Organisers scramble to build six stadiums in time for June 12 opening match in Sao Paulo, where two builders died.
Sepp Blatter, FIFA president, has criticised Brazil’s readiness for the World Cup, saying the country was further behind in its preparations than any other host nation during his tenure.
Blatter told Swiss newspaper 24 Heures on Monday that Brazil “is the furthest behind [of any host country] since I’ve been at FIFA and moreover, it’s the only one that had so much time – seven years – to prepare itself”.
“Brazil has just realised what it means to organise a World Cup”.
His comments led to the following remark on Twitter from Brazilian president Dilma Rousseff, who wrote: “We love football and we will receive this Cup with pride and we will make it the Cup of Cups.”
Blatter responded on Twitter: “I fully agree with @dilmabr (Rousseff) tweets today. The whole world, including me, is looking forward to the Cup of Cups. Brazil will be a great host.”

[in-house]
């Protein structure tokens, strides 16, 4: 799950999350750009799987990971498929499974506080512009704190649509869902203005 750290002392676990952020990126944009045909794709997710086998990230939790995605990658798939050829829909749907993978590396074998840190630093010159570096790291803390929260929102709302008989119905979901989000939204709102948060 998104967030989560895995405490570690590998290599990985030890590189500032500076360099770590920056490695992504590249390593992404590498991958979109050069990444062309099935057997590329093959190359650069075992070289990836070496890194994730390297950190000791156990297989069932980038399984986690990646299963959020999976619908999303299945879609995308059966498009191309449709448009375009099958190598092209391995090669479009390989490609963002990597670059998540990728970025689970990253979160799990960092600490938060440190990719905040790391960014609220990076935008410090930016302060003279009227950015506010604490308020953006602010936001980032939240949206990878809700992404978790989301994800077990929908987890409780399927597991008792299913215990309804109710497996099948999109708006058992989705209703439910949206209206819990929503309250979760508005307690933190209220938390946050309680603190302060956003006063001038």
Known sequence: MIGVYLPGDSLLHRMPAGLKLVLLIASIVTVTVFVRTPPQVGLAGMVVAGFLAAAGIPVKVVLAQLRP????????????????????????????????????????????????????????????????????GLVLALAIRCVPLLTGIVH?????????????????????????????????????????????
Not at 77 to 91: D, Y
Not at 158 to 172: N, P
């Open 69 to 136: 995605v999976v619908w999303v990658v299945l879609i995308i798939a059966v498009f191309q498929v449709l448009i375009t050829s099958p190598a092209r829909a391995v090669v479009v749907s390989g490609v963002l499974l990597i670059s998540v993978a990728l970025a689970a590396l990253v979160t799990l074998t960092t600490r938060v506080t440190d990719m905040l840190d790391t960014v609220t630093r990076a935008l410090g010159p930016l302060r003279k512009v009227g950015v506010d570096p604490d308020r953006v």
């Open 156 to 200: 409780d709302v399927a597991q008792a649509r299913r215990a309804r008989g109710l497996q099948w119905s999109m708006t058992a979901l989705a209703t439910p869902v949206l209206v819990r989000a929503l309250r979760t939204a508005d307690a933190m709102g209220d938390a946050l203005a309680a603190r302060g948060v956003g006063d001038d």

Aldo Rebelo, sports minister, said the country had been working hard to prepare for the tournament, which is scheduled to start on June 12.
“The information arriving at the Ministry of Sports, information sent by the authorities in the host cities, and details gathered by the minister himself – who visits the sites every three months – shows that the country will be ready on time,” he said.
Brazil missed the December 31 deadline for the completion of six of its 12 World Cup stadiums.
The country’s preparations have faced delays because of a range of issues, including financial problems, worker safety issues and construction site accidents.
Three construction workers died at stadiums late last year.
Demonstrations also marred the Confederations Cup last summer with about one million people protesting across Brazil in a single day, complaining of higher bus fares, corruption and poor public services.
Those protests then extended to the billions of dollars spent on the World Cup and 2016 Olympics in Rio de Janeiro.
Blatter said he believes there will be more protests, but does not think they will affect the World Cup.
“So I’m not worried. But we know that there will be more demonstrations, more protests,” he said.
“But the football will be protected, I believe the Brazilians won’t attack the football directly. Because for them, it’s a religion.”
“I’m an optimist, not someone who worries.”